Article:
Divestment and Beyond, a coalition of students, faculty, and staff at the university who support fossil fuel divestment, held a virtual panel discussion on October 15 to discuss divestment and climate at U of T, with speakers from various areas of the university.
Global climate crisis
Donna Ashamock, an educator and community organizer, began the panel by speaking on the importance of Indigenous voices in the climate movement, noting that they are “often left out of decision-making tables that affect [climate crisis] policies.” She added that, since U of T is one of the largest institutions in Canada and the biggest landowner in Toronto, any action that the university takes to address the climate crisis will have an even greater impact.
Nadège Compaoré, who will become an assistant professor of political science at UTM in July 2021, spoke broadly about the climate crisis and climate justice, and situated U of T within the greater context. “What I want to do is to ask us to seriously consider [whether] this collective work between students and faculty at U of T can be understood as part of the evolution of current global efforts for climate justice,” she said.
Compaoré talked about how companies and governance bodies use the language of principles such as corporate social responsibility, and environmental, social, and governance (ESG) factors to appease critics while maintaining the status quo. The University of Toronto Asset Management Corporation (UTAM), which manages U of T’s investments, uses ESG factors in its work.
Divestment at the university level
Matthew Hoffman, a political science professor who served on the President’s Advisory Committee (PAC) on Divestment from Fossil Fuels, gave an overview of the history of the divestment movement at U of T.
The PAC recommended targeted divestment based on whether firms were spreading misinformation about the climate crisis or were particularly bad emissions offenders. Hoffman said that the PAC, after consultation with stakeholders, found that divestment can still be in line with the university’s legal fiduciary duty.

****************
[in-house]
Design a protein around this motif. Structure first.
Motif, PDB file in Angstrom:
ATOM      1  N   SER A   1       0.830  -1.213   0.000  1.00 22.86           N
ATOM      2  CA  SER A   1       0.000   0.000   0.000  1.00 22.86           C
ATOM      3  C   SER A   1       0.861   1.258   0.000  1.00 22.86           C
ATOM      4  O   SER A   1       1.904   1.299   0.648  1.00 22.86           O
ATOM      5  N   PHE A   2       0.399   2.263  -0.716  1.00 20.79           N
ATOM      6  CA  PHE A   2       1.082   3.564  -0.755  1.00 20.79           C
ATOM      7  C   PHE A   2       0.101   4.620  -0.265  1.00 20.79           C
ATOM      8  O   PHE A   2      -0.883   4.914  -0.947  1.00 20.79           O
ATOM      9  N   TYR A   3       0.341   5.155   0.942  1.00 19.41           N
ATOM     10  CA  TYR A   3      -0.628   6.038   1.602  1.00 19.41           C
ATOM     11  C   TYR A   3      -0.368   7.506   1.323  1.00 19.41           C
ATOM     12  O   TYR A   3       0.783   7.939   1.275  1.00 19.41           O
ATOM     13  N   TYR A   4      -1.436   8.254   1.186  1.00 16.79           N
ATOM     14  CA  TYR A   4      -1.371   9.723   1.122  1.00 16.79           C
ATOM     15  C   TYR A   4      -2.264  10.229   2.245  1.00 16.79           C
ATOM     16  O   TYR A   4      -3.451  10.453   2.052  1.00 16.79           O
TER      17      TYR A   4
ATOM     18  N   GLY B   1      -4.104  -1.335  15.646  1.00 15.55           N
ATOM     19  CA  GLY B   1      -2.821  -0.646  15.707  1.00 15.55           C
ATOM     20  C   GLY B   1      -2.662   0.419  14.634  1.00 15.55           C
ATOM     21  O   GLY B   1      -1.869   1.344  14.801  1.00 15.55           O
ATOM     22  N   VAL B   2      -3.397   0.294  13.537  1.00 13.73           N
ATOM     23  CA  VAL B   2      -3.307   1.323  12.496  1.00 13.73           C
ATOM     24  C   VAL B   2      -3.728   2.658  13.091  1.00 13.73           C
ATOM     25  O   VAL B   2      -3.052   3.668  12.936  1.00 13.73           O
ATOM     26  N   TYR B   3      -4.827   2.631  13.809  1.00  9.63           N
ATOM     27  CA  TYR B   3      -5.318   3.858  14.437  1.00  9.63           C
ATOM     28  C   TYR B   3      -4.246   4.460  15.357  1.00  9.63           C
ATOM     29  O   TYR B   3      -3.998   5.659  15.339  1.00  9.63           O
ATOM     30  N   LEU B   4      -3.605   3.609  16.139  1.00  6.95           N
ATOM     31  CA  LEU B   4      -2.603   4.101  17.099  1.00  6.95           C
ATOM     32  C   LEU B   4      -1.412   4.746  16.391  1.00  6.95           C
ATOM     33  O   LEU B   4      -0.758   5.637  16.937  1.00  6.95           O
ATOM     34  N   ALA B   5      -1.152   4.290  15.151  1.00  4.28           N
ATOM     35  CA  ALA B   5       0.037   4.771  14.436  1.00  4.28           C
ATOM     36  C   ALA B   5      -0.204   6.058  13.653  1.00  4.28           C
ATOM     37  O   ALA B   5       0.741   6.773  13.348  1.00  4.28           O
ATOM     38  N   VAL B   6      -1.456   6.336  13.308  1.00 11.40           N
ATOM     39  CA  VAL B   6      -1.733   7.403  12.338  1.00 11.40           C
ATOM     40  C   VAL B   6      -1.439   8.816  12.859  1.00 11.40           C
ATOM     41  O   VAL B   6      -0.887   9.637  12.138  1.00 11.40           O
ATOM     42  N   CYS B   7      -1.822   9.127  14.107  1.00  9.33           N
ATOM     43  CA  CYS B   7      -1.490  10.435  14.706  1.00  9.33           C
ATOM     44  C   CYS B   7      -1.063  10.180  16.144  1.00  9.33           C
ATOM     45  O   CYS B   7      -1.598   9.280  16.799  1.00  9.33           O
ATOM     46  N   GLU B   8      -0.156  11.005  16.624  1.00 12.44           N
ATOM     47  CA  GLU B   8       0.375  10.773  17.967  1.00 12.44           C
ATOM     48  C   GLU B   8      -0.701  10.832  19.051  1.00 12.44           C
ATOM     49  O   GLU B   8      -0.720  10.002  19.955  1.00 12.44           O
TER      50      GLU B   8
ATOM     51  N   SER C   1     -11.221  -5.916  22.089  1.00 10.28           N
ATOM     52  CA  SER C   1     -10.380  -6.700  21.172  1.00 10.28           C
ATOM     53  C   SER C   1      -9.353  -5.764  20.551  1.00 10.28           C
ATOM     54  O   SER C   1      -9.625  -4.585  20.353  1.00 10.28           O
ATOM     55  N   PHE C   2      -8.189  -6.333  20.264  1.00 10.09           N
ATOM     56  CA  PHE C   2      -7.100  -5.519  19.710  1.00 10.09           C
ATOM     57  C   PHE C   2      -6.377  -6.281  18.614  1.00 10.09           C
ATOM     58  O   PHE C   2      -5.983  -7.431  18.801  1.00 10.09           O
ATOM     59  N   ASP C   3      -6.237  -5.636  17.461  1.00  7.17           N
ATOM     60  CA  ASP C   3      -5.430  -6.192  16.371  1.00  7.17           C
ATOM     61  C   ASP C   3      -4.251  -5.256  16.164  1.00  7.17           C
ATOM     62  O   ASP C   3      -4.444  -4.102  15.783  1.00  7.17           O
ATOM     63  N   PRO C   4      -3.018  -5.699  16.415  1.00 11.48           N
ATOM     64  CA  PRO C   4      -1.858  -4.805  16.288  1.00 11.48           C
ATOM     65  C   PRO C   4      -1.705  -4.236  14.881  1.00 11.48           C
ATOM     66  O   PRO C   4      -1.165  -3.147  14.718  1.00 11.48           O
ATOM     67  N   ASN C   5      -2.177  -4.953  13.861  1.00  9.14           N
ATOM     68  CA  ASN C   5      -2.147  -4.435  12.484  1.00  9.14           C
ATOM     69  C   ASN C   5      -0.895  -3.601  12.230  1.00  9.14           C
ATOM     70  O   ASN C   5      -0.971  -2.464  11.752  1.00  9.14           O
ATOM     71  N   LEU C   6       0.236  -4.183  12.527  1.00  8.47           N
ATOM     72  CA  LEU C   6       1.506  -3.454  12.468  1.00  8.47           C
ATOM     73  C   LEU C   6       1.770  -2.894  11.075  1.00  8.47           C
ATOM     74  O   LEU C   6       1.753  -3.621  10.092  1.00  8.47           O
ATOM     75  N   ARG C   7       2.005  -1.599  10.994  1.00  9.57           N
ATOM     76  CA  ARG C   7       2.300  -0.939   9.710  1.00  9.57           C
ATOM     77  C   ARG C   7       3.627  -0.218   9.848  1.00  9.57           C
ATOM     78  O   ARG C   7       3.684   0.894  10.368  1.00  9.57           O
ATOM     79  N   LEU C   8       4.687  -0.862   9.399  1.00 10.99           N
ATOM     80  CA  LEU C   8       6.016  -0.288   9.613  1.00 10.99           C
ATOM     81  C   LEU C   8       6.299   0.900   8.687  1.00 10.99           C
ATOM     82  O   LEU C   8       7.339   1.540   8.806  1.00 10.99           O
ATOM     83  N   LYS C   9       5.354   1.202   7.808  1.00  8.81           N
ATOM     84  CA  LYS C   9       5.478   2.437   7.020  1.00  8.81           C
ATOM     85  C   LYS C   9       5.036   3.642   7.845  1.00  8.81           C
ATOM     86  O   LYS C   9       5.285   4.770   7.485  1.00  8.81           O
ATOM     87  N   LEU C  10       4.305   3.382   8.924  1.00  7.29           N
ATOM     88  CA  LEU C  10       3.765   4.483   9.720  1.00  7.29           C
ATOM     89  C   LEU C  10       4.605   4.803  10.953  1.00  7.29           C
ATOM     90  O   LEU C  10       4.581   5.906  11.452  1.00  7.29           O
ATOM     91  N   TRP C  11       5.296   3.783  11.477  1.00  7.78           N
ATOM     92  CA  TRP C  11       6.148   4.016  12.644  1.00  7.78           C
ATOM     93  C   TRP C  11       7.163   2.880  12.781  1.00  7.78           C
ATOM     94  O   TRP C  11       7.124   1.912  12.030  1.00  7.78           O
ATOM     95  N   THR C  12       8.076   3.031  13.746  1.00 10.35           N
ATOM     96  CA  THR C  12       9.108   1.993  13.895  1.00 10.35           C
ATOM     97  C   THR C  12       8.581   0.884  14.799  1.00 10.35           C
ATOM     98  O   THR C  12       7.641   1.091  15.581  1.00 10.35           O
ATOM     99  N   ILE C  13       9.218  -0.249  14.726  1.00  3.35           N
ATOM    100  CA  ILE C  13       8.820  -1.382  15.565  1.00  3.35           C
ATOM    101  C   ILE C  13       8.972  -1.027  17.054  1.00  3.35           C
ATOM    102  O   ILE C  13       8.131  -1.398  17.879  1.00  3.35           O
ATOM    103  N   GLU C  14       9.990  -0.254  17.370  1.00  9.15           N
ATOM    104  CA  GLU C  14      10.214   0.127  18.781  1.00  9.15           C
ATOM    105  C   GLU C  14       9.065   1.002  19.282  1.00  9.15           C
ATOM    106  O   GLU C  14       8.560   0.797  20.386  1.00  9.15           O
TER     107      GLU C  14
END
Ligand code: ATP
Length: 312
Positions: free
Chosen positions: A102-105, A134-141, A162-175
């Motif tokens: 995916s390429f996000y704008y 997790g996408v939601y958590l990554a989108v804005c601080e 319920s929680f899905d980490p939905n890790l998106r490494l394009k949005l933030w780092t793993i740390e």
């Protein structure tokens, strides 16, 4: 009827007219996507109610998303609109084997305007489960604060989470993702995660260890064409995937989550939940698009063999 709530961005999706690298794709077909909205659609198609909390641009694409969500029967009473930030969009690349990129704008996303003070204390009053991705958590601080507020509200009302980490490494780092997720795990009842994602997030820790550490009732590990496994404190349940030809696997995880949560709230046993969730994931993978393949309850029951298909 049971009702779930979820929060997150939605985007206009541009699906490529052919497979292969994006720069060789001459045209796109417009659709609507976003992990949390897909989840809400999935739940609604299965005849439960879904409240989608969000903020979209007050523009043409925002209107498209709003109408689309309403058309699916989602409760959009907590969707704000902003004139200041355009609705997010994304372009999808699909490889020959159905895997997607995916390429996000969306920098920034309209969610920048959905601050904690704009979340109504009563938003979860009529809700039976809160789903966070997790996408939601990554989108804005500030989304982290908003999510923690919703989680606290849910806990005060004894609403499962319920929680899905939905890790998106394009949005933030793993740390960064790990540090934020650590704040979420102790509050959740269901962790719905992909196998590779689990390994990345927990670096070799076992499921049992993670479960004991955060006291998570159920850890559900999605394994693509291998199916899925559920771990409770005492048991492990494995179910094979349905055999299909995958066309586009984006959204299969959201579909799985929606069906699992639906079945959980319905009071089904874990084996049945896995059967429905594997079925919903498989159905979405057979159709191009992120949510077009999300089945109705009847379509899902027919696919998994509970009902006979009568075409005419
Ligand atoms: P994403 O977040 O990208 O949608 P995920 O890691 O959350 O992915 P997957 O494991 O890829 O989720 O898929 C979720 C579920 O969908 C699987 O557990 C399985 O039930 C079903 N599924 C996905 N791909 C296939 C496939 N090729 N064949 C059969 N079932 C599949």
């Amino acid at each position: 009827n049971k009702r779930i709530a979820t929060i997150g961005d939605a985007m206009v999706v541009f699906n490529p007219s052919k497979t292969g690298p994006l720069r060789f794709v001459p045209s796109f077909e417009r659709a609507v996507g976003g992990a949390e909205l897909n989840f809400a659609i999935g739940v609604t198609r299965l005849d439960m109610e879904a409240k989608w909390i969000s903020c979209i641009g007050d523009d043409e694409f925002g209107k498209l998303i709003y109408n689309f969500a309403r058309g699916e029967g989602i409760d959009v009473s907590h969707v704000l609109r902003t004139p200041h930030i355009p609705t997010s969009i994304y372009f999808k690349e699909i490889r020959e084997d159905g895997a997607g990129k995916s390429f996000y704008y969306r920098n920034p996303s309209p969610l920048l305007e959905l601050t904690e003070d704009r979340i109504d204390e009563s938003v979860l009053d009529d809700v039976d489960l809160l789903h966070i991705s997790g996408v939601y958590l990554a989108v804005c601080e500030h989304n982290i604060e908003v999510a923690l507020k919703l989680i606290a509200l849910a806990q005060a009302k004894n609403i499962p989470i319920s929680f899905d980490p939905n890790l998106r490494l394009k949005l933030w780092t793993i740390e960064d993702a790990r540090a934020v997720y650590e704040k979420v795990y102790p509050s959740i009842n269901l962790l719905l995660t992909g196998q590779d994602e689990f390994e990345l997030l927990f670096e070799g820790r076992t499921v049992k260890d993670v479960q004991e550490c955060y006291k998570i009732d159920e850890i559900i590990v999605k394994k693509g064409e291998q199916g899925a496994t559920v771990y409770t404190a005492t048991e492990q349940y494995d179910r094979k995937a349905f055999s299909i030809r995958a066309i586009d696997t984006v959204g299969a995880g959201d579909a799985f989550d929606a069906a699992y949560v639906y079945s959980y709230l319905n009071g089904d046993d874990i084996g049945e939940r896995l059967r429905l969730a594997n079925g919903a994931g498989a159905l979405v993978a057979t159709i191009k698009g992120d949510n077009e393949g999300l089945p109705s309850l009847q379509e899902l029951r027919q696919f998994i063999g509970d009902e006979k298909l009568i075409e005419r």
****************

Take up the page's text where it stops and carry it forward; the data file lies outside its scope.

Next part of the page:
He concluded by saying that he believes that it is time to get the divestment movement going again. “The radical option right now is business as usual,” said Hoffman. “The sensible option is to work toward the kind of massive transformation and just transition that we need — and to do so quickly.”
Professor Scott Prudham criticized UTAM’s goal of reducing carbon intensity — which measures emissions per amount invested — by 40 per cent by 2030 instead of committing to a total reduction of carbon emissions. This means UTAM can meet its goal and still have more total emissions tied to investments than in 2017.
“This talk of intensity is a smokescreen,” said Prudham. “We live in a world in which only absolute reductions in greenhouse gas emissions matter.”
Staff and union concerns
Kristy Bard, a grievance officer for United Steel Workers Local 1998 (USW 1998) — the union that represents administrative and technical workers — spoke about the union’s efforts to navigate the climate crisis. She said that some workers may be hesitant to support divestment or a just transition if they worry that they will lose their jobs.
“I can’t stress enough the important role that education plays in mobilizing union members to get behind divestment and to push the union leadership to take more drastic measures, such as calling for a general strike,” said Bard.
Justin Holloway, a steward for USW 1998, added that “the linkage between worker health and safety and [the climate crisis] must be better understood by workers and by everyone,” explaining that the climate crisis poses a direct health threat to everyone.